CERTIORARI TO THE SUPREME COURT OF COLORADO.
Vinson, Black, Reed, Frankfurter, Douglas, Jackson, Burton, Clark, Minton
MR. JUSTICE REED delivered the opinion of the Court.
The facts here are simple and undisputed. Petitioner is a commissioned officer of the United States Air Force. He was assigned to duty at Lowry Field, near Denver, Colorado, in 1948 and, throughout that year, resided in
a privately rented apartment in that city. Respondent, acting Manager of Revenue and ex-officio Treasurer and Assessor of the City and County of Denver, assessed a tax of $23.51 on his personal property, mostly household goods in the apartment, which he valued at $460, by virtue of 4A Colorado Statutes Annotated (1935 ed.), c. 142.*fn1 Petitioner paid the tax under protest, and sued to recover. His complaint pleaded as a fact that he, "during the whole of the calendar year 1948, and for many years prior thereto, was, and at the present time is, a citizen and a resident of the State of Louisiana, domiciled in the Town of Port Allen, in the Parish of West Baton Rouge, in the State of Louisiana, and remains a domiciliary of that town, parish, and state, and a citizen and resident of said state, in which during all of the period of time pertinent hereto the plaintiff was and is a qualified voter." He claimed that § 514 of the Soldiers' and Sailors' Civil Relief Act, 54 Stat. 1186, as amended, 56 Stat. 777, 58 Stat. 722, 50 U. S. C. App. §§ 501, 574, therefore forbade imposition of the Colorado tax. Respondent moved to dismiss, argument was had and the trial court entered judgment for petitioner. The Colorado Supreme Court, on appeal, reversed. Cass v. Dameron, 125 Colo. 477, 244 P. 2d 1082. It held that the purpose of the statute was to prevent multiple taxation of military personnel, but that since Louisiana had not taxed petitioner's personal property, Colorado was free to do so. Our grant of certiorari rested on 28 U. S. C. § 1257 (3). 344 U.S. 891.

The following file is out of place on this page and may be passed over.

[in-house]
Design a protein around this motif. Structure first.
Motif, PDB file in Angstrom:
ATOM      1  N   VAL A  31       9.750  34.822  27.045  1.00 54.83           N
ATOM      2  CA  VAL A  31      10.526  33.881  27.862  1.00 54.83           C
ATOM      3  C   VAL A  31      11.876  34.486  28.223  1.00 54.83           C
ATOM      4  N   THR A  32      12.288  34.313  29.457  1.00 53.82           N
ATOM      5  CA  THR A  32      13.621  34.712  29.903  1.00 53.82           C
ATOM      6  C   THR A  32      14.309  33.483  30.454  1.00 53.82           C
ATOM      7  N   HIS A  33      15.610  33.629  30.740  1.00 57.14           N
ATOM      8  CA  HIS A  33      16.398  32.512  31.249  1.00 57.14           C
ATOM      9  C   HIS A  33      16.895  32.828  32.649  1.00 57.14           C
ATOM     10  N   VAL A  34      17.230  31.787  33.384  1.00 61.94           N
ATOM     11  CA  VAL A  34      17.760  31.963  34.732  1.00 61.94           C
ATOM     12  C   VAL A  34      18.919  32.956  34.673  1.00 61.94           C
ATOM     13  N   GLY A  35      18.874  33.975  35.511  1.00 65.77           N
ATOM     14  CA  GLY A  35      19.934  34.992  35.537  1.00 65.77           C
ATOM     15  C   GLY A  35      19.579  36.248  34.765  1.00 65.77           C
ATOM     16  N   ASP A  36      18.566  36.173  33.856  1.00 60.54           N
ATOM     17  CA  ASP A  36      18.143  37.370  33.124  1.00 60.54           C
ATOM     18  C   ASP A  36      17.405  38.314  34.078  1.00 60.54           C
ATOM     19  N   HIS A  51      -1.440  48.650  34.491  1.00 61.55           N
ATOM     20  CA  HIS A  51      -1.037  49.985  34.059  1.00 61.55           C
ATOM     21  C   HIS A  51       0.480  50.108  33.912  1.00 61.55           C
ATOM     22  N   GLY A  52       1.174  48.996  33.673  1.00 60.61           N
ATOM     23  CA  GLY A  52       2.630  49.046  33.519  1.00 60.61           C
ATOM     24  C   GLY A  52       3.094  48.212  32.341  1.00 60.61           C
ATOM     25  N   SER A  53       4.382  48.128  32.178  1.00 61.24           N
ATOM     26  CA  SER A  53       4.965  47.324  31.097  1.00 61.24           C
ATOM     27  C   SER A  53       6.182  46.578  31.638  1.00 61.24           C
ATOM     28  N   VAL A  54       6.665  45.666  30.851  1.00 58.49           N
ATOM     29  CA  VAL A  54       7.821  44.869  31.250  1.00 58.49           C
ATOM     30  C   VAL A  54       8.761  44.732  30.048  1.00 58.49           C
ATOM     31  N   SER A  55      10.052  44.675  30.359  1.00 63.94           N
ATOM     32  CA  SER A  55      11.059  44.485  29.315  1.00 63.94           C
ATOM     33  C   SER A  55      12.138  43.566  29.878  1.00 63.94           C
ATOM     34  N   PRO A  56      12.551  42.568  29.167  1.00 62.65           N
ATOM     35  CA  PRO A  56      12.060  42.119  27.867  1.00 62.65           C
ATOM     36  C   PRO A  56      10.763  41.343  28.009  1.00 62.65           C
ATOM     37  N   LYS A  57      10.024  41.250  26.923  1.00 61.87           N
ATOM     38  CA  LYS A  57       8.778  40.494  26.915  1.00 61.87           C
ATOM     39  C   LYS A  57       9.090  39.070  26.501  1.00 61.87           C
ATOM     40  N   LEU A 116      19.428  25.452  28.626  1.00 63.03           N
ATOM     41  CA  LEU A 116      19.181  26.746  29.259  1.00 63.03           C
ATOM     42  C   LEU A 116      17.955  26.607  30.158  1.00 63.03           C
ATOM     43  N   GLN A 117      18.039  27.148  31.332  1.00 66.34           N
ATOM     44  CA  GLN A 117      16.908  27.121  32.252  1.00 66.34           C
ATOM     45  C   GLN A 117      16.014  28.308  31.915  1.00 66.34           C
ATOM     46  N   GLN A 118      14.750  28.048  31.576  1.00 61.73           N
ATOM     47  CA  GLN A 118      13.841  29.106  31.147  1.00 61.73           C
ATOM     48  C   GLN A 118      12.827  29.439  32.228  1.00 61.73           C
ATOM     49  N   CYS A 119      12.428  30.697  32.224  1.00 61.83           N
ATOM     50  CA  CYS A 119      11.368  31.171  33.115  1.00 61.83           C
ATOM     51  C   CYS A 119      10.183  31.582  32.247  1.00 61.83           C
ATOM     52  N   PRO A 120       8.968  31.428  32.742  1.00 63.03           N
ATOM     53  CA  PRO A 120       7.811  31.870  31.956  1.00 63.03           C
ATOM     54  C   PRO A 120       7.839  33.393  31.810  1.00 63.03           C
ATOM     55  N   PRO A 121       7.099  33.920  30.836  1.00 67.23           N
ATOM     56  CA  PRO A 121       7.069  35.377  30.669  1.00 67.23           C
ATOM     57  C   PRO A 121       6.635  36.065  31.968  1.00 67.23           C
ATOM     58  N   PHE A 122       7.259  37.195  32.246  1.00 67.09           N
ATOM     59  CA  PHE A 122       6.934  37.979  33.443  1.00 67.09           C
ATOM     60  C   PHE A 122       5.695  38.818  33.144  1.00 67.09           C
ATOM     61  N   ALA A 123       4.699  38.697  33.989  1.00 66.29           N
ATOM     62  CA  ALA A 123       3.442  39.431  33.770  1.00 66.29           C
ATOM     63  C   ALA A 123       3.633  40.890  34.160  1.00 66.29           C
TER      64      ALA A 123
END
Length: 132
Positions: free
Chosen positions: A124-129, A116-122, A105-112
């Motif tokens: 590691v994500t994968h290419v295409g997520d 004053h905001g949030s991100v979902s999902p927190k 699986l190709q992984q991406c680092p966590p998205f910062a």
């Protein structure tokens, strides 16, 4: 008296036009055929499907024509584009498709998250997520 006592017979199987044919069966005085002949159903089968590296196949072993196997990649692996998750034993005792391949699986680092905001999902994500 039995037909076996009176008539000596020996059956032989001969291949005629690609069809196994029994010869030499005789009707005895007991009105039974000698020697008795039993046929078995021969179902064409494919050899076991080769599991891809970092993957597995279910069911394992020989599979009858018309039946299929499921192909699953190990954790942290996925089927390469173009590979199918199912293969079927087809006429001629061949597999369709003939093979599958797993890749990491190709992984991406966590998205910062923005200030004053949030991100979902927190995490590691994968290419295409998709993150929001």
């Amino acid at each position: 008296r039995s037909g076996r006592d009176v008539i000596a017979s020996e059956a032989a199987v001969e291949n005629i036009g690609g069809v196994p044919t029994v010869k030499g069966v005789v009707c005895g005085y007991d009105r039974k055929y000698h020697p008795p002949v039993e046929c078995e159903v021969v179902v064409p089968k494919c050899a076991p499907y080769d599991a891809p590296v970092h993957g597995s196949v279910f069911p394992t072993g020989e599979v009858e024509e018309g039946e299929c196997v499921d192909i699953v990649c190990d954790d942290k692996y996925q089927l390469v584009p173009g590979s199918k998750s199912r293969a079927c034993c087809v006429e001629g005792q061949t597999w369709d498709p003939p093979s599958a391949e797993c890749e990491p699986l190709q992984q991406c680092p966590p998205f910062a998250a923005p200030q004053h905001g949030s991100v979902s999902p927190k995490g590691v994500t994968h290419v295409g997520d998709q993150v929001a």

Section 514 of the Act was added, in large part, in 1942. It then provided essentially that:
"For the purposes of taxation in respect of any person, or of his property, income, or gross income, by any State, Territory, possession, or political subdivision of any of the foregoing, or by the District of Columbia, such person shall not be deemed to have lost a residence or domicile in any State, Territory, possession, or political subdivision of any of the foregoing, or in the District of Columbia, solely by reason of being absent therefrom in compliance with military or naval orders, or to have acquired a residence or domicile in, or to have become resident in or a resident of, any other State, Territory, possession, or political subdivision of any of the foregoing, or the District of Columbia, while, and solely by reason of being, so absent."
The 1944 Amendment thereto, which is crucial here, first concerned personal property taxes. It stated:
"personal property shall not be deemed to be located or present in or to have a situs for taxation in such State, Territory, possession, or political subdivision, or district."
It also interpolated "personal" in the second line of § 514 (1). 58 Stat. 722.
Respondent's argument that the statute in this form cannot affect Colorado's attempt to tax petitioner is two-fold -- either it ...